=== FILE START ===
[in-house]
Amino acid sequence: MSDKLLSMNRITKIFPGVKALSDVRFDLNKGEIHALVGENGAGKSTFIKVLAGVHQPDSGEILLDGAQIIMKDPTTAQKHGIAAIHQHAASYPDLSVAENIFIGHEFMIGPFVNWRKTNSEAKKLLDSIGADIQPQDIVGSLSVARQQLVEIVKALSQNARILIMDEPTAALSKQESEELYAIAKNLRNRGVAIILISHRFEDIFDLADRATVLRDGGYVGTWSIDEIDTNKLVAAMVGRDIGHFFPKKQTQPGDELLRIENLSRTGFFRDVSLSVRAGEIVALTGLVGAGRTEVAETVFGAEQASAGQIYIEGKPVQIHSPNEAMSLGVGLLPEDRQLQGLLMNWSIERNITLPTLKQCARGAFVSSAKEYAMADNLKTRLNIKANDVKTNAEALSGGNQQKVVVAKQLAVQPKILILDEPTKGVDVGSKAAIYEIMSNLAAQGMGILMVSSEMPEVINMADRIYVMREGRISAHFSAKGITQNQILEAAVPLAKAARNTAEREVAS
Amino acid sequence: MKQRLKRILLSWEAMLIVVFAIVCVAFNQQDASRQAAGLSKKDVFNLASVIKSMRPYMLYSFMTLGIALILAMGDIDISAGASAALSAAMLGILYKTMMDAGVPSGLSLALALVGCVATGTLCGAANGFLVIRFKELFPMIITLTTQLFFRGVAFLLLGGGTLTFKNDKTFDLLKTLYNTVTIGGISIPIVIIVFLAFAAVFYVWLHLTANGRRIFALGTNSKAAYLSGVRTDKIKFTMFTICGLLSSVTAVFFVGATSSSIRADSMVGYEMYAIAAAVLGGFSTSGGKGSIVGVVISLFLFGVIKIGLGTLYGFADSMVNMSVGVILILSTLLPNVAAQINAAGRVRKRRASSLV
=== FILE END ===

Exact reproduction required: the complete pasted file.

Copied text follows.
[in-house]
Amino acid sequence: MSDKLLSMNRITKIFPGVKALSDVRFDLNKGEIHALVGENGAGKSTFIKVLAGVHQPDSGEILLDGAQIIMKDPTTAQKHGIAAIHQHAASYPDLSVAENIFIGHEFMIGPFVNWRKTNSEAKKLLDSIGADIQPQDIVGSLSVARQQLVEIVKALSQNARILIMDEPTAALSKQESEELYAIAKNLRNRGVAIILISHRFEDIFDLADRATVLRDGGYVGTWSIDEIDTNKLVAAMVGRDIGHFFPKKQTQPGDELLRIENLSRTGFFRDVSLSVRAGEIVALTGLVGAGRTEVAETVFGAEQASAGQIYIEGKPVQIHSPNEAMSLGVGLLPEDRQLQGLLMNWSIERNITLPTLKQCARGAFVSSAKEYAMADNLKTRLNIKANDVKTNAEALSGGNQQKVVVAKQLAVQPKILILDEPTKGVDVGSKAAIYEIMSNLAAQGMGILMVSSEMPEVINMADRIYVMREGRISAHFSAKGITQNQILEAAVPLAKAARNTAEREVAS
Amino acid sequence: MKQRLKRILLSWEAMLIVVFAIVCVAFNQQDASRQAAGLSKKDVFNLASVIKSMRPYMLYSFMTLGIALILAMGDIDISAGASAALSAAMLGILYKTMMDAGVPSGLSLALALVGCVATGTLCGAANGFLVIRFKELFPMIITLTTQLFFRGVAFLLLGGGTLTFKNDKTFDLLKTLYNTVTIGGISIPIVIIVFLAFAAVFYVWLHLTANGRRIFALGTNSKAAYLSGVRTDKIKFTMFTICGLLSSVTAVFFVGATSSSIRADSMVGYEMYAIAAAVLGGFSTSGGKGSIVGVVISLFLFGVIKIGLGTLYGFADSMVNMSVGVILILSTLLPNVAAQINAAGRVRKRRASSLV